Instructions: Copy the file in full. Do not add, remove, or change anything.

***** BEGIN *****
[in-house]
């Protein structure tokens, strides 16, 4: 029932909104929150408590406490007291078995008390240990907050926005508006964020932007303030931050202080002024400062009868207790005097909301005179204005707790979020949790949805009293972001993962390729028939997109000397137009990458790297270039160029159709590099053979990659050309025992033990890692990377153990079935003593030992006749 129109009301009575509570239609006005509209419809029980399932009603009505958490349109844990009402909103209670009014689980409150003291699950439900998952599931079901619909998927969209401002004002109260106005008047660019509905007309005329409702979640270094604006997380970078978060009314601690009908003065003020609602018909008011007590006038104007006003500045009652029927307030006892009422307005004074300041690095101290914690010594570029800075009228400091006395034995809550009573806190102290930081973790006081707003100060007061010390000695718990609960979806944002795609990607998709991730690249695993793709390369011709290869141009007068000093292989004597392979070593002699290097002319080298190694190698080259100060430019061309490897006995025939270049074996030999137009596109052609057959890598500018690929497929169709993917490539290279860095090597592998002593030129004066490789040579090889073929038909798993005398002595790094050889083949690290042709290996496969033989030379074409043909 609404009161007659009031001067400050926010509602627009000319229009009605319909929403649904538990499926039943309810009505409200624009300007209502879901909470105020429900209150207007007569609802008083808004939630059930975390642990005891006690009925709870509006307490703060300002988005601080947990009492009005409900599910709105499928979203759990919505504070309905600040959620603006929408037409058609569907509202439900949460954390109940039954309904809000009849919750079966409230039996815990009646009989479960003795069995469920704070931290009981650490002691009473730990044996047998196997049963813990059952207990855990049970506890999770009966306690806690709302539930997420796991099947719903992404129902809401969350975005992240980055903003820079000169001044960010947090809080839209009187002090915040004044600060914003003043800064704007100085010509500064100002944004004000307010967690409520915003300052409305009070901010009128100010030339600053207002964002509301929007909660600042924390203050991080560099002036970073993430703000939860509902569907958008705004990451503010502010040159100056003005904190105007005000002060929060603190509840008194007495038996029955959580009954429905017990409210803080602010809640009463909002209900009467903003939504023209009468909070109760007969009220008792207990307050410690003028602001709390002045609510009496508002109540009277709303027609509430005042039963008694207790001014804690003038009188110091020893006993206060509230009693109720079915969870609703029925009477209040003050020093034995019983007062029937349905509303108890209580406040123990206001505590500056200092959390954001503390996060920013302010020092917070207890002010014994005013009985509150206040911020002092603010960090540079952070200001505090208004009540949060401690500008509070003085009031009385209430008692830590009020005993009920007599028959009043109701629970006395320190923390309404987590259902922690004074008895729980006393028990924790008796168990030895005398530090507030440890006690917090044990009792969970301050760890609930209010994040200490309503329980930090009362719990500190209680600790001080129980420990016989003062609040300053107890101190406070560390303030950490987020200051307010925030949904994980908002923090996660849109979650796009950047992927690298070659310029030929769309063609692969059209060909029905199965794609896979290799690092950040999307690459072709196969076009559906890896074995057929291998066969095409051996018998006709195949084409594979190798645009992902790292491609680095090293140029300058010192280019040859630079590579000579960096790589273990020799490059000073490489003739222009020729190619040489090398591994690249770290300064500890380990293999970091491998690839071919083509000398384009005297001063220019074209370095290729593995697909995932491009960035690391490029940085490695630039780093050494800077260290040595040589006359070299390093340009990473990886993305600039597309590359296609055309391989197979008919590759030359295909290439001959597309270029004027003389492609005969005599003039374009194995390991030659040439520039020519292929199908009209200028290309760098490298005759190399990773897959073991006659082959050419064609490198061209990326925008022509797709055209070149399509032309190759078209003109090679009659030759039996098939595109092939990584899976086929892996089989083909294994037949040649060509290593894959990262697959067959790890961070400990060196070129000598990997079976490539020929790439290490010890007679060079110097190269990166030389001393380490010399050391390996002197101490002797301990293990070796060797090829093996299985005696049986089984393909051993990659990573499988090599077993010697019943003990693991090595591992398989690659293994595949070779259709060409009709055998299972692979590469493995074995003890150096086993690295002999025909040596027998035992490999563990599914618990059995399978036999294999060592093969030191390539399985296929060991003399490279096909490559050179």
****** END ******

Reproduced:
[in-house]
């Protein structure tokens, strides 16, 4: 029932909104929150408590406490007291078995008390240990907050926005508006964020932007303030931050202080002024400062009868207790005097909301005179204005707790979020949790949805009293972001993962390729028939997109000397137009990458790297270039160029159709590099053979990659050309025992033990890692990377153990079935003593030992006749 129109009301009575509570239609006005509209419809029980399932009603009505958490349109844990009402909103209670009014689980409150003291699950439900998952599931079901619909998927969209401002004002109260106005008047660019509905007309005329409702979640270094604006997380970078978060009314601690009908003065003020609602018909008011007590006038104007006003500045009652029927307030006892009422307005004074300041690095101290914690010594570029800075009228400091006395034995809550009573806190102290930081973790006081707003100060007061010390000695718990609960979806944002795609990607998709991730690249695993793709390369011709290869141009007068000093292989004597392979070593002699290097002319080298190694190698080259100060430019061309490897006995025939270049074996030999137009596109052609057959890598500018690929497929169709993917490539290279860095090597592998002593030129004066490789040579090889073929038909798993005398002595790094050889083949690290042709290996496969033989030379074409043909 609404009161007659009031001067400050926010509602627009000319229009009605319909929403649904538990499926039943309810009505409200624009300007209502879901909470105020429900209150207007007569609802008083808004939630059930975390642990005891006690009925709870509006307490703060300002988005601080947990009492009005409900599910709105499928979203759990919505504070309905600040959620603006929408037409058609569907509202439900949460954390109940039954309904809000009849919750079966409230039996815990009646009989479960003795069995469920704070931290009981650490002691009473730990044996047998196997049963813990059952207990855990049970506890999770009966306690806690709302539930997420796991099947719903992404129902809401969350975005992240980055903003820079000169001044960010947090809080839209009187002090915040004044600060914003003043800064704007100085010509500064100002944004004000307010967690409520915003300052409305009070901010009128100010030339600053207002964002509301929007909660600042924390203050991080560099002036970073993430703000939860509902569907958008705004990451503010502010040159100056003005904190105007005000002060929060603190509840008194007495038996029955959580009954429905017990409210803080602010809640009463909002209900009467903003939504023209009468909070109760007969009220008792207990307050410690003028602001709390002045609510009496508002109540009277709303027609509430005042039963008694207790001014804690003038009188110091020893006993206060509230009693109720079915969870609703029925009477209040003050020093034995019983007062029937349905509303108890209580406040123990206001505590500056200092959390954001503390996060920013302010020092917070207890002010014994005013009985509150206040911020002092603010960090540079952070200001505090208004009540949060401690500008509070003085009031009385209430008692830590009020005993009920007599028959009043109701629970006395320190923390309404987590259902922690004074008895729980006393028990924790008796168990030895005398530090507030440890006690917090044990009792969970301050760890609930209010994040200490309503329980930090009362719990500190209680600790001080129980420990016989003062609040300053107890101190406070560390303030950490987020200051307010925030949904994980908002923090996660849109979650796009950047992927690298070659310029030929769309063609692969059209060909029905199965794609896979290799690092950040999307690459072709196969076009559906890896074995057929291998066969095409051996018998006709195949084409594979190798645009992902790292491609680095090293140029300058010192280019040859630079590579000579960096790589273990020799490059000073490489003739222009020729190619040489090398591994690249770290300064500890380990293999970091491998690839071919083509000398384009005297001063220019074209370095290729593995697909995932491009960035690391490029940085490695630039780093050494800077260290040595040589006359070299390093340009990473990886993305600039597309590359296609055309391989197979008919590759030359295909290439001959597309270029004027003389492609005969005599003039374009194995390991030659040439520039020519292929199908009209200028290309760098490298005759190399990773897959073991006659082959050419064609490198061209990326925008022509797709055209070149399509032309190759078209003109090679009659030759039996098939595109092939990584899976086929892996089989083909294994037949040649060509290593894959990262697959067959790890961070400990060196070129000598990997079976490539020929790439290490010890007679060079110097190269990166030389001393380490010399050391390996002197101490002797301990293990070796060797090829093996299985005696049986089984393909051993990659990573499988090599077993010697019943003990693991090595591992398989690659293994595949070779259709060409009709055998299972692979590469493995074995003890150096086993690295002999025909040596027998035992490999563990599914618990059995399978036999294999060592093969030191390539399985296929060991003399490279096909490559050179």